Fear of the Crab
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In a food chain, a top predator has a direct effect on the abundances of the species it preys on, but its presence might also result in other nonconsumptive effects (“NCEs”). For instance, intermediate consumers might change their foraging behaviour due to the risk of predation. The effect of predator presence thus propagates down the food-chain in many ways, and basal resources might also change their behaviour as a consequence of changes in higher trophic levels.
The green crab Carcinus maenas is an example of a top predator which provokes fear-induced behavioural changes in its prey, such as snails Nucella lapillus. These snails usually forage on barnacles (such as Semibalanus balanoides) and compete among themselves for the preys. The barnacles also compete among themselves for resources and space, which is highlighted by hummocking - the individuals change their geometry, forming small mounts and growing taller (see Figure 1).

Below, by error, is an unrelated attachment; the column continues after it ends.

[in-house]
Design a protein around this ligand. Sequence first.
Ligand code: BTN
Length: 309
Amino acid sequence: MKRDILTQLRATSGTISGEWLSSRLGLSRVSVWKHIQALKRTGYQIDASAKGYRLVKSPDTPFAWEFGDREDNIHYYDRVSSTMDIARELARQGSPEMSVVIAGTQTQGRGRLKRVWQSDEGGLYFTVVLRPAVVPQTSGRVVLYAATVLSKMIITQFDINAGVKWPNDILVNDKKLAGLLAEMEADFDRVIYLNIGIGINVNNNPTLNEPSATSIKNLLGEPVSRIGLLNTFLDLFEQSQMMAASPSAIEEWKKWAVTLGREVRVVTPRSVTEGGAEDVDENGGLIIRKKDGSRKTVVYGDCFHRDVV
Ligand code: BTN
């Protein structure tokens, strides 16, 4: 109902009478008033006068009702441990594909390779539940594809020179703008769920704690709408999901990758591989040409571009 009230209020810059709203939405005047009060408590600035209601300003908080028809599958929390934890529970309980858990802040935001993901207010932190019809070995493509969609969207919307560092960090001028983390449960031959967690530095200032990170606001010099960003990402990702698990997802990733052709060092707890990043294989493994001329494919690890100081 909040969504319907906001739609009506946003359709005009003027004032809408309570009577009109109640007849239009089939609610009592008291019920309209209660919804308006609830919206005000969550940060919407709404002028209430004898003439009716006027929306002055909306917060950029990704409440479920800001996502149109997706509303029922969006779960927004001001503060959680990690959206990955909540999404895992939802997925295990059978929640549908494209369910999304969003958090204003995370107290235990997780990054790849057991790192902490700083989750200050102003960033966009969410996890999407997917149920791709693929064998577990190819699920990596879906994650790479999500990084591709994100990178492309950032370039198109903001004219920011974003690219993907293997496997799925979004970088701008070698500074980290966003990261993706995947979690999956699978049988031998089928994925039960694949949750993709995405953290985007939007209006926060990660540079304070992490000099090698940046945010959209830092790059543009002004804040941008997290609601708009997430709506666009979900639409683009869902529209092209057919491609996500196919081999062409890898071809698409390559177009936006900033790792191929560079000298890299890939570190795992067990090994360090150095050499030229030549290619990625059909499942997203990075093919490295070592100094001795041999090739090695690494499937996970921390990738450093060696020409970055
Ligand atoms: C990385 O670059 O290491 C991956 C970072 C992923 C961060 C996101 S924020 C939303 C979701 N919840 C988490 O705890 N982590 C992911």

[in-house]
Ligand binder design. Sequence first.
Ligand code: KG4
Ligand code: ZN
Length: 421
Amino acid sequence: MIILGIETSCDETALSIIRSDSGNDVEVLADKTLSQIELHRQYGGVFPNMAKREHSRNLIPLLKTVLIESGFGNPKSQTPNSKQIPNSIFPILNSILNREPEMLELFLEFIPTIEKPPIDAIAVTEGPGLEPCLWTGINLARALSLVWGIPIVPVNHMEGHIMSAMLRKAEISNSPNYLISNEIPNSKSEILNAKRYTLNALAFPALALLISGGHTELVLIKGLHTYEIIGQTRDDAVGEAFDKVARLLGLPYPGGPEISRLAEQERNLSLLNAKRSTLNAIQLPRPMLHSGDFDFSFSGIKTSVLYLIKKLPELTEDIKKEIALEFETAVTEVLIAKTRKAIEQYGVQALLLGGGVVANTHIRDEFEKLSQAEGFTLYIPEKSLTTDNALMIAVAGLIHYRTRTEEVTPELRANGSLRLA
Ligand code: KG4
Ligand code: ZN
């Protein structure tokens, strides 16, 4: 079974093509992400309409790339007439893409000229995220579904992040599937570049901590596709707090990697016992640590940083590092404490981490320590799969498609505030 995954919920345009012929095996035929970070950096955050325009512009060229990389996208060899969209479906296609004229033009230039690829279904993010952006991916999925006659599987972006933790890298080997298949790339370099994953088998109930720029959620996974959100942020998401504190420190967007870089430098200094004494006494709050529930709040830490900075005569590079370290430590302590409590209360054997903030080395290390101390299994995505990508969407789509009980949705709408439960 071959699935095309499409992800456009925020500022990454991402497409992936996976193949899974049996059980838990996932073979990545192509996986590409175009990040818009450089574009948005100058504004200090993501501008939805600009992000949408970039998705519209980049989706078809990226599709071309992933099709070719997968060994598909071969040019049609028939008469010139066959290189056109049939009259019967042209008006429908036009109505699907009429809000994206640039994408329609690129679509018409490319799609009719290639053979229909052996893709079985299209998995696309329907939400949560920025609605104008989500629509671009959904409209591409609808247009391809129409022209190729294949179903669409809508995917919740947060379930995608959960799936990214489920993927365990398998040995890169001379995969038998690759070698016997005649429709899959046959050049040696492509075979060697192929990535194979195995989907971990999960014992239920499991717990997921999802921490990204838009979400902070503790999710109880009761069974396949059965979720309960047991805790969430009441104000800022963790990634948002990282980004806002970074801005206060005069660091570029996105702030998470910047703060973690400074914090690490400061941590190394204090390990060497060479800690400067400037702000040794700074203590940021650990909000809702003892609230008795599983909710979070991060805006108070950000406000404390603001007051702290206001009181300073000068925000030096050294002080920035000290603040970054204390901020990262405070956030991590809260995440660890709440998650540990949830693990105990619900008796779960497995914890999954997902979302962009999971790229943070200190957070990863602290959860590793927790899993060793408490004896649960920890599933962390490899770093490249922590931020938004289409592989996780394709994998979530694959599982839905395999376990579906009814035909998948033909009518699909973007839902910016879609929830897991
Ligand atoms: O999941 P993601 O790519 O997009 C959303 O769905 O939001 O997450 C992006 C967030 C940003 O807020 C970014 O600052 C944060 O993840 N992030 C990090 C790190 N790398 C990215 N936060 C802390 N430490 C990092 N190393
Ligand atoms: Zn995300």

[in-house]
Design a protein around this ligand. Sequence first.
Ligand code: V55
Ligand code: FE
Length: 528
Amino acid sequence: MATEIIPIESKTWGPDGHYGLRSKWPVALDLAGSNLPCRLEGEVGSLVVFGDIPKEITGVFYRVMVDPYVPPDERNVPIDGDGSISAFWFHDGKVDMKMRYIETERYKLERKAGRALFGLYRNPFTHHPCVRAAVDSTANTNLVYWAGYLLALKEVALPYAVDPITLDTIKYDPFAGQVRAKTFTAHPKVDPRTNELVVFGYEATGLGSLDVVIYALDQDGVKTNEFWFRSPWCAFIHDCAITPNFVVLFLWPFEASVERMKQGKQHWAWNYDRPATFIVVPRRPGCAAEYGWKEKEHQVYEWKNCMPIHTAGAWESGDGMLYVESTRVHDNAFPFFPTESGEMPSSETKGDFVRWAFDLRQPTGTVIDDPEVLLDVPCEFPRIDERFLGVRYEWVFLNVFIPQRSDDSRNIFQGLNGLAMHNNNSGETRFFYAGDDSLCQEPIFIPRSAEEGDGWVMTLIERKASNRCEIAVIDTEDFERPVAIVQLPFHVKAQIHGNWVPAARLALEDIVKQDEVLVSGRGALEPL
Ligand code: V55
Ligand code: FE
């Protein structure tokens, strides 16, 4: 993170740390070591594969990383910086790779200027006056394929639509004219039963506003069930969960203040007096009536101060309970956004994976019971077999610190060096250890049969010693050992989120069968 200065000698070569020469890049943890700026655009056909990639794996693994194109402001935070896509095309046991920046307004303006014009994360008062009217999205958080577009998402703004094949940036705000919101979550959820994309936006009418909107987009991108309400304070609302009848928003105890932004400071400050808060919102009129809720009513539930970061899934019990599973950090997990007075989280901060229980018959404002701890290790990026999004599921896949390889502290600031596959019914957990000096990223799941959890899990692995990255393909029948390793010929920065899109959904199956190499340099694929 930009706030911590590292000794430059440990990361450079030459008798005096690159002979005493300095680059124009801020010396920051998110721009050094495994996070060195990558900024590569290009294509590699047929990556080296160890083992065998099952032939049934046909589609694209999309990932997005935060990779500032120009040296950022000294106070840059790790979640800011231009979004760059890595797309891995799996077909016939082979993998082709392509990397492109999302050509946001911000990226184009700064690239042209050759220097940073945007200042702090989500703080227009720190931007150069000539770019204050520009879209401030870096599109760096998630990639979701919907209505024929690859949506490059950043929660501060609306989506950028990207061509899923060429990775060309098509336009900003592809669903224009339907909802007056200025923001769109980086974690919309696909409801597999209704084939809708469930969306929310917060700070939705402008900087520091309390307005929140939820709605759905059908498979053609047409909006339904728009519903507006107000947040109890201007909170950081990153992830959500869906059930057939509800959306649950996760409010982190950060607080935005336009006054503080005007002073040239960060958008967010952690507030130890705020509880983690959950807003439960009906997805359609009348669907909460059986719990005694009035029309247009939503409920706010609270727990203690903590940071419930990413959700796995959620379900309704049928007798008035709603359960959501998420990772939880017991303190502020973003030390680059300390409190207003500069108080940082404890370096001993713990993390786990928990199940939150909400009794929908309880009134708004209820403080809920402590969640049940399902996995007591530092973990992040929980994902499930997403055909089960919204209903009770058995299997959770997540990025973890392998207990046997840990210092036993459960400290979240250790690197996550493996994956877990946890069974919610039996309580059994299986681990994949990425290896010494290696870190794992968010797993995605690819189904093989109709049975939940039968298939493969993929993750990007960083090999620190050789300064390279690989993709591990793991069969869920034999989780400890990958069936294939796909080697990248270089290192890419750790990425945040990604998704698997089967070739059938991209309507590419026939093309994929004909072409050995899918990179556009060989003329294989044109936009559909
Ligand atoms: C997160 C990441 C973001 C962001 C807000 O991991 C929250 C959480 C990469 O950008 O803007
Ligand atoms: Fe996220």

Figure 1: Balanus glandula (Acorn barnacle) hummock transversal view - similar to S. balanoides hummocks (source).
Experiments have been developed to assess the propagation of the nonconsumptive predator effects through food-chain and its interplay with intra-specific competition. The joint effect of competition, predation and fear among snails and that of competition, predation and indirect effects among barnacles might result in different scenarios, depending on the intensities and mechanism of each process.
Matassa et al. (2018) found that the competition among barnacles was dependent on the predation risk upon snails, suggesting a coupling between behaviours across trophic levels. The authors also assessed the competition among snails and verified that its intensity was dependent on NCE's from top predators, but not from prey availability. Additionally, it was found that in a high Nucella lapillus density context, the S. balanoides population was more depleted when no Carcinus maenas individual was present, but in a low Nucella lapillus context the resource depletion was equivalent in both contexts.
Build a mathematical model of the dynamics of this biological system. Analyze the model and use it to formulate and answer questions you may find along the way.